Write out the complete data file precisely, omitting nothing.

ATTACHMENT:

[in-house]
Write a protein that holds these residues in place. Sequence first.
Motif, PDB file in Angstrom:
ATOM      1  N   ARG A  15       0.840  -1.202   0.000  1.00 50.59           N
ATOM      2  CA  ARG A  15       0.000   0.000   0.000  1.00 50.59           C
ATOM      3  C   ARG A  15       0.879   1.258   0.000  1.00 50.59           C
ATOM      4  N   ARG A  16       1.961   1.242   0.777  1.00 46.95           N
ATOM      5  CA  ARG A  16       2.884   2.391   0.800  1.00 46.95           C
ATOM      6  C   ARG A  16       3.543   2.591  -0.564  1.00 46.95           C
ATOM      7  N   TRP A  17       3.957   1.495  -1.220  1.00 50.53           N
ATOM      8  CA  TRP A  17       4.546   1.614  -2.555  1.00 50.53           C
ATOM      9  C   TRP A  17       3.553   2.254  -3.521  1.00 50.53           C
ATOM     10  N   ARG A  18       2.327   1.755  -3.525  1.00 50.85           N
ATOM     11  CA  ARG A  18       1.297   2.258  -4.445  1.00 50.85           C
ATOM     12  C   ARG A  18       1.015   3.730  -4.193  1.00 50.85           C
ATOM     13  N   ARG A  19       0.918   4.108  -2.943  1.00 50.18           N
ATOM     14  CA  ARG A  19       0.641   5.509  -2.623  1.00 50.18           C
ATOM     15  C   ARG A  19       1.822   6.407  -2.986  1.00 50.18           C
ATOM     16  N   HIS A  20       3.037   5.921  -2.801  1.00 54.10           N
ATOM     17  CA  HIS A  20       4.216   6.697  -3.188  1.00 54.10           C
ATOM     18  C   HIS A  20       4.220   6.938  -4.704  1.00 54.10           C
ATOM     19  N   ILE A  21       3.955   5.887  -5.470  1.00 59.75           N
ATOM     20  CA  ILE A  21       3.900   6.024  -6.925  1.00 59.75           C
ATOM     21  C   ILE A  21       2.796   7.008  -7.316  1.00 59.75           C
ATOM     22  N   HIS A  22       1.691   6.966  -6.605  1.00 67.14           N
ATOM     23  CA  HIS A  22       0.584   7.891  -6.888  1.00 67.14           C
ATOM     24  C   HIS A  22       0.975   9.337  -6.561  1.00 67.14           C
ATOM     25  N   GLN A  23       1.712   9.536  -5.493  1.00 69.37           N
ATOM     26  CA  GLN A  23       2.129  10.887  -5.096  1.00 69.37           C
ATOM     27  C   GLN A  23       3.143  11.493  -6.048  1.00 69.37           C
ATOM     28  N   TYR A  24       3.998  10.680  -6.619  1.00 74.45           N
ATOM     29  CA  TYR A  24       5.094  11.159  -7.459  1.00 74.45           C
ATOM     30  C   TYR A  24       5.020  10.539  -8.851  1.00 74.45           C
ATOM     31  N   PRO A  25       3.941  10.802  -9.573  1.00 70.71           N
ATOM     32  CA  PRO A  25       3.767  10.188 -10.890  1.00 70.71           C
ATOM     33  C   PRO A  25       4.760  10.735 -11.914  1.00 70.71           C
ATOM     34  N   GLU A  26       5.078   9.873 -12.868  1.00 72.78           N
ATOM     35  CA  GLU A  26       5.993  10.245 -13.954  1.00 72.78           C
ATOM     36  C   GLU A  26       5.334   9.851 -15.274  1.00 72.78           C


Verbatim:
[in-house]
Write a protein that holds these residues in place. Sequence first.
Motif, PDB file in Angstrom:
ATOM      1  N   ARG A  15       0.840  -1.202   0.000  1.00 50.59           N
ATOM      2  CA  ARG A  15       0.000   0.000   0.000  1.00 50.59           C
ATOM      3  C   ARG A  15       0.879   1.258   0.000  1.00 50.59           C
ATOM      4  N   ARG A  16       1.961   1.242   0.777  1.00 46.95           N
ATOM      5  CA  ARG A  16       2.884   2.391   0.800  1.00 46.95           C
ATOM      6  C   ARG A  16       3.543   2.591  -0.564  1.00 46.95           C
ATOM      7  N   TRP A  17       3.957   1.495  -1.220  1.00 50.53           N
ATOM      8  CA  TRP A  17       4.546   1.614  -2.555  1.00 50.53           C
ATOM      9  C   TRP A  17       3.553   2.254  -3.521  1.00 50.53           C
ATOM     10  N   ARG A  18       2.327   1.755  -3.525  1.00 50.85           N
ATOM     11  CA  ARG A  18       1.297   2.258  -4.445  1.00 50.85           C
ATOM     12  C   ARG A  18       1.015   3.730  -4.193  1.00 50.85           C
ATOM     13  N   ARG A  19       0.918   4.108  -2.943  1.00 50.18           N
ATOM     14  CA  ARG A  19       0.641   5.509  -2.623  1.00 50.18           C
ATOM     15  C   ARG A  19       1.822   6.407  -2.986  1.00 50.18           C
ATOM     16  N   HIS A  20       3.037   5.921  -2.801  1.00 54.10           N
ATOM     17  CA  HIS A  20       4.216   6.697  -3.188  1.00 54.10           C
ATOM     18  C   HIS A  20       4.220   6.938  -4.704  1.00 54.10           C
ATOM     19  N   ILE A  21       3.955   5.887  -5.470  1.00 59.75           N
ATOM     20  CA  ILE A  21       3.900   6.024  -6.925  1.00 59.75           C
ATOM     21  C   ILE A  21       2.796   7.008  -7.316  1.00 59.75           C
ATOM     22  N   HIS A  22       1.691   6.966  -6.605  1.00 67.14           N
ATOM     23  CA  HIS A  22       0.584   7.891  -6.888  1.00 67.14           C
ATOM     24  C   HIS A  22       0.975   9.337  -6.561  1.00 67.14           C
ATOM     25  N   GLN A  23       1.712   9.536  -5.493  1.00 69.37           N
ATOM     26  CA  GLN A  23       2.129  10.887  -5.096  1.00 69.37           C
ATOM     27  C   GLN A  23       3.143  11.493  -6.048  1.00 69.37           C
ATOM     28  N   TYR A  24       3.998  10.680  -6.619  1.00 74.45           N
ATOM     29  CA  TYR A  24       5.094  11.159  -7.459  1.00 74.45           C
ATOM     30  C   TYR A  24       5.020  10.539  -8.851  1.00 74.45           C
ATOM     31  N   PRO A  25       3.941  10.802  -9.573  1.00 70.71           N
ATOM     32  CA  PRO A  25       3.767  10.188 -10.890  1.00 70.71           C
ATOM     33  C   PRO A  25       4.760  10.735 -11.914  1.00 70.71           C
ATOM     34  N   GLU A  26       5.078   9.873 -12.868  1.00 72.78           N
ATOM     35  CA  GLU A  26       5.993  10.245 -13.954  1.00 72.78           C
ATOM     36  C   GLU A  26       5.334   9.851 -15.274  1.00 72.78           C